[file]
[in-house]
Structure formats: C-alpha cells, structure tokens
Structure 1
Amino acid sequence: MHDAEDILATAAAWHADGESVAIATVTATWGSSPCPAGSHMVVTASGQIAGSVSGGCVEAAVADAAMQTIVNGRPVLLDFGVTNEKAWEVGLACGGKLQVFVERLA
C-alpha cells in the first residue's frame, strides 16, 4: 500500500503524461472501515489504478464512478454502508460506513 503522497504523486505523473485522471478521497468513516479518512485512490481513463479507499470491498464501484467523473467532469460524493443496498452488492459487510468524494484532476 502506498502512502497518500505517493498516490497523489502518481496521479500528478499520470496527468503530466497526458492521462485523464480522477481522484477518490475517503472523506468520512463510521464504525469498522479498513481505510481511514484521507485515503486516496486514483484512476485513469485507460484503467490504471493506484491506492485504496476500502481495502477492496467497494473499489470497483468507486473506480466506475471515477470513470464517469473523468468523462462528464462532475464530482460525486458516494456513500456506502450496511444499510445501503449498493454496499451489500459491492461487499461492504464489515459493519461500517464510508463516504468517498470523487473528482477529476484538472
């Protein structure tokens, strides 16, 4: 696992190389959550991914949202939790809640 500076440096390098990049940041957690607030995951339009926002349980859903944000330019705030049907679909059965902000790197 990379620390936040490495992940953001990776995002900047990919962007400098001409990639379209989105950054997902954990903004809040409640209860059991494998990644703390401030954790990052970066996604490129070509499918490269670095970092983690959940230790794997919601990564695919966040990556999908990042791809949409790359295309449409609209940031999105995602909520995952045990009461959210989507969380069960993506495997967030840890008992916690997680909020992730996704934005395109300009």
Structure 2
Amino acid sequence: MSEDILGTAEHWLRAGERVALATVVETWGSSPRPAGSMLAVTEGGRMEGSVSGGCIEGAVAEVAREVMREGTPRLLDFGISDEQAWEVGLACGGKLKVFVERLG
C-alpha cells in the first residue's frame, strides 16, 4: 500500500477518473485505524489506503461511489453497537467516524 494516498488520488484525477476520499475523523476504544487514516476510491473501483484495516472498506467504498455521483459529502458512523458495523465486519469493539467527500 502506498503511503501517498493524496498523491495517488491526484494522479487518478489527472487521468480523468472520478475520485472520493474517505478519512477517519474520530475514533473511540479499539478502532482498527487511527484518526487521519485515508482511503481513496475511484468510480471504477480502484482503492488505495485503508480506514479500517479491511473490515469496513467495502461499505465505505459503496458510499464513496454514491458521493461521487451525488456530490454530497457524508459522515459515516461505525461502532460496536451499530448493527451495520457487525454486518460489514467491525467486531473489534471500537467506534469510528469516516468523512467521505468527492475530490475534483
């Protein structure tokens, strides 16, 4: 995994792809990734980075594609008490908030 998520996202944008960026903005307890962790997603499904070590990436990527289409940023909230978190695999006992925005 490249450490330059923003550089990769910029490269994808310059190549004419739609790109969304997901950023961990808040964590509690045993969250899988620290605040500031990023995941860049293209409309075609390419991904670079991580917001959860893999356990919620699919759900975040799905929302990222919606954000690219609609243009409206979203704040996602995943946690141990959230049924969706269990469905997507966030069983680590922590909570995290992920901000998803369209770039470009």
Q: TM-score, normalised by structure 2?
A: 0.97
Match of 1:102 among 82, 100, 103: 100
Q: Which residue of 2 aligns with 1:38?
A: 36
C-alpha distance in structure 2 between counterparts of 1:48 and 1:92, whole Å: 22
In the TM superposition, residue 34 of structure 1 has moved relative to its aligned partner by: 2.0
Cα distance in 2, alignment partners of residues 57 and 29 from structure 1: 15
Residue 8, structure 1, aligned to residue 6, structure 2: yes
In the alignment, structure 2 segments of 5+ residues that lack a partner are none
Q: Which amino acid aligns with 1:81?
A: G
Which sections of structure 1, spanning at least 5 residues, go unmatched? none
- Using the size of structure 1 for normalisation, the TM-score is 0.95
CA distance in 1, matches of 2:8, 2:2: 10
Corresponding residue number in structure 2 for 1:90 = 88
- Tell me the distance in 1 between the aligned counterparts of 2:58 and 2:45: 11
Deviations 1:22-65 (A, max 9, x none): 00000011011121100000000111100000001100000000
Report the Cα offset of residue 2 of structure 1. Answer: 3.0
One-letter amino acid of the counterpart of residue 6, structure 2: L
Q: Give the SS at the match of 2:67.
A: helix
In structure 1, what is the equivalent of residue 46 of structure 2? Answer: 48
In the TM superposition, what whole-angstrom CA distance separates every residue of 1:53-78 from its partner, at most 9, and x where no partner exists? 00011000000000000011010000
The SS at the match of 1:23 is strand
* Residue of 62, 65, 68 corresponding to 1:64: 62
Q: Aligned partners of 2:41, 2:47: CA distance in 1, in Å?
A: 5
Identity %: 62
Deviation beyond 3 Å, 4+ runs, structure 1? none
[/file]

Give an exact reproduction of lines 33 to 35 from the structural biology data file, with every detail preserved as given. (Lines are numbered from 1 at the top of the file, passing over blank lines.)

In structure 1, what is the equivalent of residue 46 of structure 2? Answer: 48
In the TM superposition, what whole-angstrom CA distance separates every residue of 1:53-78 from its partner, at most 9, and x where no partner exists? 00011000000000000011010000
The SS at the match of 1:23 is strand